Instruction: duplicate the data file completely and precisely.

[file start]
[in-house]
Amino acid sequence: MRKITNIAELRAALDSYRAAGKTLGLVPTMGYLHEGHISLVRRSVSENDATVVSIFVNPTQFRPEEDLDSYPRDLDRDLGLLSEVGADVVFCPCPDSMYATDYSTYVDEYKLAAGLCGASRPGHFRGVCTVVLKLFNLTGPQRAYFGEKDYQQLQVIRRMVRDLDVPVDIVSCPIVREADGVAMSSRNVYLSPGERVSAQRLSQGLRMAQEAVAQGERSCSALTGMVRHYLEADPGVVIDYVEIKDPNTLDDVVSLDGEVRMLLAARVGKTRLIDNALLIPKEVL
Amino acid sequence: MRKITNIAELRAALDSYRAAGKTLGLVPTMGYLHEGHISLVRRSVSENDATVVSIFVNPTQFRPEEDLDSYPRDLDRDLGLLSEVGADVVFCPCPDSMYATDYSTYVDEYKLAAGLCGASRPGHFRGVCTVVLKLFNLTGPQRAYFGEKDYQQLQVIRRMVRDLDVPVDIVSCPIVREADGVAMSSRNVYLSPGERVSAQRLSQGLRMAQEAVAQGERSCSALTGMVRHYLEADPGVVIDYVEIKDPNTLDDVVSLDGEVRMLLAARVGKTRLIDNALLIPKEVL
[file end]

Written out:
[in-house]
Amino acid sequence: MRKITNIAELRAALDSYRAAGKTLGLVPTMGYLHEGHISLVRRSVSENDATVVSIFVNPTQFRPEEDLDSYPRDLDRDLGLLSEVGADVVFCPCPDSMYATDYSTYVDEYKLAAGLCGASRPGHFRGVCTVVLKLFNLTGPQRAYFGEKDYQQLQVIRRMVRDLDVPVDIVSCPIVREADGVAMSSRNVYLSPGERVSAQRLSQGLRMAQEAVAQGERSCSALTGMVRHYLEADPGVVIDYVEIKDPNTLDDVVSLDGEVRMLLAARVGKTRLIDNALLIPKEVL
Amino acid sequence: MRKITNIAELRAALDSYRAAGKTLGLVPTMGYLHEGHISLVRRSVSENDATVVSIFVNPTQFRPEEDLDSYPRDLDRDLGLLSEVGADVVFCPCPDSMYATDYSTYVDEYKLAAGLCGASRPGHFRGVCTVVLKLFNLTGPQRAYFGEKDYQQLQVIRRMVRDLDVPVDIVSCPIVREADGVAMSSRNVYLSPGERVSAQRLSQGLRMAQEAVAQGERSCSALTGMVRHYLEADPGVVIDYVEIKDPNTLDDVVSLDGEVRMLLAARVGKTRLIDNALLIPKEVL